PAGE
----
Original Research ARTICLE
The fine tuning of Drp1-dependent mitochondrial remodeling and autophagy controls neuronal differentiation
- 1Laboratorio di Biologia Molecolare, Istituto Scientifico IRCCS 'E. Medea”, Italy
- 2Department of Biomedical Sciences and Clinics Luigi Sacco, Faculty of Medicine and Surgery, University of Milan, Italy
- 3Department of Pharmaceutical and Pharmacological Sciences, School of Medicine and Surgery, University of Padova, Italy
- 4Unità di Clinica Carmacologica, ASST Fatebenefratelli Sacco, Italy
Mitochondria play a critical role in neuronal function and neurodegenerative disorders, including Alzheimer’s disease, Parkinson’s disease, amyotrophic lateral sclerosis and Huntington, that show mitochondrial dysfunctions associated with excessive fission and increased levels of the fission protein Drp1. Our data demonstrate that Drp1 regulates the transcriptional program induced by retinoic acid, leading to neuronal differentiation. When Drp1 was overexpressed, mitochondria underwent remodeling, but failed to elongate and this enhanced autophagy and apoptosis. When Drp1 was blocked during differentiation by overexpressing the dominant negative form or was silenced, mitochondria maintained the same elongated shape, without remodeling, and this increased cell death. The enhanced apoptosis, observed with both fragmented or elongated mitochondria, was associated with increased induction of UPR and ERAD processes that finally affect neuronal differentiation. These findings suggest that physiological fission and mitochondrial remodeling, associated with early autophagy induction are essential for neuronal differentiation. We thus reveal the importance of mitochondrial changes to generate viable neurons and highlight that, rather than multiple parallel events, mitochondrial changes, autophagy and apoptosis proceed in a stepwise fashion during neuronal differentiation affecting nuclear transcriptional program.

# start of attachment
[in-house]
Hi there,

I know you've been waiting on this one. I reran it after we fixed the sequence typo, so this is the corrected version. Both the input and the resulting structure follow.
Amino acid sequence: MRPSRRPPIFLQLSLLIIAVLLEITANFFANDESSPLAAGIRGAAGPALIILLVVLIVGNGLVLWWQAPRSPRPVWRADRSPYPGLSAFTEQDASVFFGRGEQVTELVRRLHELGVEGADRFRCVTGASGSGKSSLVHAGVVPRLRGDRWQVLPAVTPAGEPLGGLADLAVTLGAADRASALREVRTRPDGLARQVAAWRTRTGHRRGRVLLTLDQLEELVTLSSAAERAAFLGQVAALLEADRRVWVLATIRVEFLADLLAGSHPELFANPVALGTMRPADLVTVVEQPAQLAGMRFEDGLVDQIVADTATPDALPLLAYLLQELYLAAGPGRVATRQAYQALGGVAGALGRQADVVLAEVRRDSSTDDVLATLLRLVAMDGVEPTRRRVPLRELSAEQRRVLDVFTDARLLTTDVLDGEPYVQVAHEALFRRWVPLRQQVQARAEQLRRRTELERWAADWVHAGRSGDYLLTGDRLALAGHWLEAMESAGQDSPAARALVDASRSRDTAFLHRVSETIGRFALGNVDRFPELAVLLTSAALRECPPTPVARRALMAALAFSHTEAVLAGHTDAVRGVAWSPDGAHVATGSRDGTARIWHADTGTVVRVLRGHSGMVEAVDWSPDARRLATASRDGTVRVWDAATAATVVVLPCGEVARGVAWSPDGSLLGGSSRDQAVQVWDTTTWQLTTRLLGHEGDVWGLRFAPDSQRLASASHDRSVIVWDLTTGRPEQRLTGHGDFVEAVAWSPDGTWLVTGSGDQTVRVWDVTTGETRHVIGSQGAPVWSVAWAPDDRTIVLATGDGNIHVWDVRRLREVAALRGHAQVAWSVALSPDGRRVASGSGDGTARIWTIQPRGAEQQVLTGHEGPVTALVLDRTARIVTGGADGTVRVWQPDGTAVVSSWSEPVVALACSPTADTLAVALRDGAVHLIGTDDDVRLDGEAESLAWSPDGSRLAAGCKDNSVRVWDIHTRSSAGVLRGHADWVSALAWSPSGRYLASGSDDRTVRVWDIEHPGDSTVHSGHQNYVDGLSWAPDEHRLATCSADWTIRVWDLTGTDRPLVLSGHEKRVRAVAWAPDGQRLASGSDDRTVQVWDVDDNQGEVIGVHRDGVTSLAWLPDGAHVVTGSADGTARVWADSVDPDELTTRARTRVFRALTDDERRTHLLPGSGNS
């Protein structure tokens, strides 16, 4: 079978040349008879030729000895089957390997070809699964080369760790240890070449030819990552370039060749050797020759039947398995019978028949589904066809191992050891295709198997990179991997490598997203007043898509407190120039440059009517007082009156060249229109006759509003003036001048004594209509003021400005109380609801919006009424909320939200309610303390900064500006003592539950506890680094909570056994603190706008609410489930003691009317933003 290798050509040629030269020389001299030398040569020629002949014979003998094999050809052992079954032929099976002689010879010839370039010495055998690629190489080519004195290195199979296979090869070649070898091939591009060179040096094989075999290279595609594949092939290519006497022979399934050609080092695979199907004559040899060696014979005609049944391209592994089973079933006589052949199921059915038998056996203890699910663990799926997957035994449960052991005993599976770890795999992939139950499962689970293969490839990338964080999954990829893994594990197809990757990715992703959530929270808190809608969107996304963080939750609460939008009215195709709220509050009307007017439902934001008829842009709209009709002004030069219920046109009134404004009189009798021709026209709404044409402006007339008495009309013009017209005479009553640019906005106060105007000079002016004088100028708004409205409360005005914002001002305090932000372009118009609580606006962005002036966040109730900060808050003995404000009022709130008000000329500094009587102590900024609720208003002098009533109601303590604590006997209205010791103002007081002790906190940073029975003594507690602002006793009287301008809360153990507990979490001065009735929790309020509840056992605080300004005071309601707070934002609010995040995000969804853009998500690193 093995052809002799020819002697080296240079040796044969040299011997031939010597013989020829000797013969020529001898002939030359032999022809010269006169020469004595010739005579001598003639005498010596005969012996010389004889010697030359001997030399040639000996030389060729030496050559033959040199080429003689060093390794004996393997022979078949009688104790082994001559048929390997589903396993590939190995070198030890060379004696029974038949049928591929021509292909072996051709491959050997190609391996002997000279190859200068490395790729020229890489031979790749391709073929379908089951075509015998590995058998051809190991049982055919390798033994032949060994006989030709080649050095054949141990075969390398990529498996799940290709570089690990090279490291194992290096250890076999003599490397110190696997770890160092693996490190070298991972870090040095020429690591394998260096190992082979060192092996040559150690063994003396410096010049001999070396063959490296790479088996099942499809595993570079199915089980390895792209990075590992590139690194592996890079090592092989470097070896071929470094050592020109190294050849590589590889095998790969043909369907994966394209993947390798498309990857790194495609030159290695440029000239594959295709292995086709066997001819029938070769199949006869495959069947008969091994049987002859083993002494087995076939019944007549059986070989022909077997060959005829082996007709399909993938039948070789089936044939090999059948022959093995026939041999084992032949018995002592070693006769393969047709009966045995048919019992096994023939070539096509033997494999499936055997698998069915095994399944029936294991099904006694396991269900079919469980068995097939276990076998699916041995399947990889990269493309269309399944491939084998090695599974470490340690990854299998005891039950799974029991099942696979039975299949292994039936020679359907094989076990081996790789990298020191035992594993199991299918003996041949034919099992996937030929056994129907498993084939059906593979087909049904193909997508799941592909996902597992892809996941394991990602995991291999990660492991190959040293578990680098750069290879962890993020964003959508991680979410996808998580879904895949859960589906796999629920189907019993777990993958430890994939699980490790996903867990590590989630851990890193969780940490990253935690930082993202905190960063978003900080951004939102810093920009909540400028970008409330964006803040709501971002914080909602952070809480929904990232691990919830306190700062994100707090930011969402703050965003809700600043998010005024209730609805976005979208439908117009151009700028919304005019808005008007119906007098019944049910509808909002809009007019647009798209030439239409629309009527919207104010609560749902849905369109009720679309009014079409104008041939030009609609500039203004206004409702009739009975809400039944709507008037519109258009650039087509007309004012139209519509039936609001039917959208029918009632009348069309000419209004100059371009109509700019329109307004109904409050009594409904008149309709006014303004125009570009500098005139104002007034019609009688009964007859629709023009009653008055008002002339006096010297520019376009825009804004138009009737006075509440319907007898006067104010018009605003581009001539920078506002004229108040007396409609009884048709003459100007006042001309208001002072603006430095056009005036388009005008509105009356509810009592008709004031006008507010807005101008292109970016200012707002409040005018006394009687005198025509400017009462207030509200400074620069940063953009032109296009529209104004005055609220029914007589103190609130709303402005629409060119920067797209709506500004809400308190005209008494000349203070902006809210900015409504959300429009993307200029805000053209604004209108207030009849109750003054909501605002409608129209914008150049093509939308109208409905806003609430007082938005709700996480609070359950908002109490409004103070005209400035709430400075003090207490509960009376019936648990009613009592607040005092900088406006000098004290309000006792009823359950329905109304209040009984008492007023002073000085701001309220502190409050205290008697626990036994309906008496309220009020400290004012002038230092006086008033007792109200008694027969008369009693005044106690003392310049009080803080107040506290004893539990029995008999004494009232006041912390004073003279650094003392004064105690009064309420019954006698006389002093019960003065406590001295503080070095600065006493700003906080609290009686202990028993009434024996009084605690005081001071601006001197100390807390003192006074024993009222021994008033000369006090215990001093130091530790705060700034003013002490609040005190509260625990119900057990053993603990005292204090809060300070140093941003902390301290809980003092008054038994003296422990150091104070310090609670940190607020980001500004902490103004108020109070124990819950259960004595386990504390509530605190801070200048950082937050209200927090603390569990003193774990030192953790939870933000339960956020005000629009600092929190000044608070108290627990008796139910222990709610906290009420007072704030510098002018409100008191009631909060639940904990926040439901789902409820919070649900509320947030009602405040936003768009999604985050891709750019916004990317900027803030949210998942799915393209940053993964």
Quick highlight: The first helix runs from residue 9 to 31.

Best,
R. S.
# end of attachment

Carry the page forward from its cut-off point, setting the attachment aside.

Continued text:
Keywords: DRP1, neuronal differentiation, Mitochondrial remodeling, Autophagy, mitochondrial fission
Received: 14 Sep 2018;
Accepted: 11 Mar 2019.
Edited by:Xin Qi, School of Medicine, Case Western Reserve University, United States
Reviewed by:Amit U. Joshi, Stanford University, United States
Ozgun Gokce, Ludwig Maximilian University of Munich, Germany
Copyright: © 2019 Vantaggiato, Castelli, Giovarelli, Orso, Bassi, Clementi and De Palma. This is an open-access article distributed under the terms of the Creative Commons Attribution License (CC BY). The use, distribution or reproduction in other forums is permitted, provided the original author(s) and the copyright owner(s) are credited and that the original publication in this journal is cited, in accordance with accepted academic practice. No use, distribution or reproduction is permitted which does not comply with these terms.
* Correspondence: Dr. Chiara Vantaggiato, Laboratorio di Biologia Molecolare, Istituto Scientifico IRCCS 'E. Medea”, Bosisio Parini - Lecco, Italy, firstname.lastname@example.org